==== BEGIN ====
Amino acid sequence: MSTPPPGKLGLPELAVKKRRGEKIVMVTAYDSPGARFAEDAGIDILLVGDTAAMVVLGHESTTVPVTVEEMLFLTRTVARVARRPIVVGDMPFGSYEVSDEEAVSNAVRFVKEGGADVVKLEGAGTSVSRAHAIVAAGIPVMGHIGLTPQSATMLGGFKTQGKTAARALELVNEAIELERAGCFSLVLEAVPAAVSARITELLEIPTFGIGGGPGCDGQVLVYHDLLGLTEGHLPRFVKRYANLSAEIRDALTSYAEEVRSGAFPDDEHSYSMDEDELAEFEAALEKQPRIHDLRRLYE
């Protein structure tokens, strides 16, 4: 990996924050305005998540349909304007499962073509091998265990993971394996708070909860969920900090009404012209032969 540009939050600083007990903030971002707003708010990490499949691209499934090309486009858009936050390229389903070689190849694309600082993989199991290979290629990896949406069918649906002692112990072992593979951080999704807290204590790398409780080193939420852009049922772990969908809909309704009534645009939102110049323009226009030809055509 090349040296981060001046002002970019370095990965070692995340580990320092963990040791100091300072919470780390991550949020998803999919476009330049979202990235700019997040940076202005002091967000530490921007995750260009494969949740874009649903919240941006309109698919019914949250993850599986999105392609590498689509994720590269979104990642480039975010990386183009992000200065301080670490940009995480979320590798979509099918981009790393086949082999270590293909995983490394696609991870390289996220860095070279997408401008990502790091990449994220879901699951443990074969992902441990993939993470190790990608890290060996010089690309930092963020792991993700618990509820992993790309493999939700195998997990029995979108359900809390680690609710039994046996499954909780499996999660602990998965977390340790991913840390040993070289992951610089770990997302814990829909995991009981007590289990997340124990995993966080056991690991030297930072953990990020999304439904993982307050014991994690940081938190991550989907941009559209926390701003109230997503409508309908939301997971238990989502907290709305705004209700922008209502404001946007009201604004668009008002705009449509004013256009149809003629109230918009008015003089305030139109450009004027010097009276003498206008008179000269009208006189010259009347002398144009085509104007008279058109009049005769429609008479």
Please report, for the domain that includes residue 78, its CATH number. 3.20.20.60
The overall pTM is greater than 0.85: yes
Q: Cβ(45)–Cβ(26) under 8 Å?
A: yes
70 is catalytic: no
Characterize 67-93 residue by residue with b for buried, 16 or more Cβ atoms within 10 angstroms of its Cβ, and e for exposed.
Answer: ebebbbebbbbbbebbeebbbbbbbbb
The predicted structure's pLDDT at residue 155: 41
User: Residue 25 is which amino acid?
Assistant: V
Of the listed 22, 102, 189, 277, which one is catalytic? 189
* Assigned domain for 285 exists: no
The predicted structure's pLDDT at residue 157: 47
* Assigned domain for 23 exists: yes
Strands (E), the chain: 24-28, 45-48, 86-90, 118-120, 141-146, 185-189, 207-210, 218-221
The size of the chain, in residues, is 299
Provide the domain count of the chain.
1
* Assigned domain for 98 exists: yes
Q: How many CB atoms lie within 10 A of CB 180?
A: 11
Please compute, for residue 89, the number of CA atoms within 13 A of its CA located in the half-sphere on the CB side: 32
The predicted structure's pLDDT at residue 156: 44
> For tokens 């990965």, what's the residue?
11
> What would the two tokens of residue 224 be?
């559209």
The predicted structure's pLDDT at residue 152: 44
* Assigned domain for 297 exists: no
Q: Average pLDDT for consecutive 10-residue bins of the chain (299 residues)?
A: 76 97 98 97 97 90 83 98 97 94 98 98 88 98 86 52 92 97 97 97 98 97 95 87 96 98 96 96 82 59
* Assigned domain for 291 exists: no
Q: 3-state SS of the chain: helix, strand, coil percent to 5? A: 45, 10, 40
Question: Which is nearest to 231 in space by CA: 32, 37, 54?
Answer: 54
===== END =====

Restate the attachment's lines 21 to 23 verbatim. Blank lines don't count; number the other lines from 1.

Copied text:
* Assigned domain for 98 exists: yes
Q: How many CB atoms lie within 10 A of CB 180?
A: 11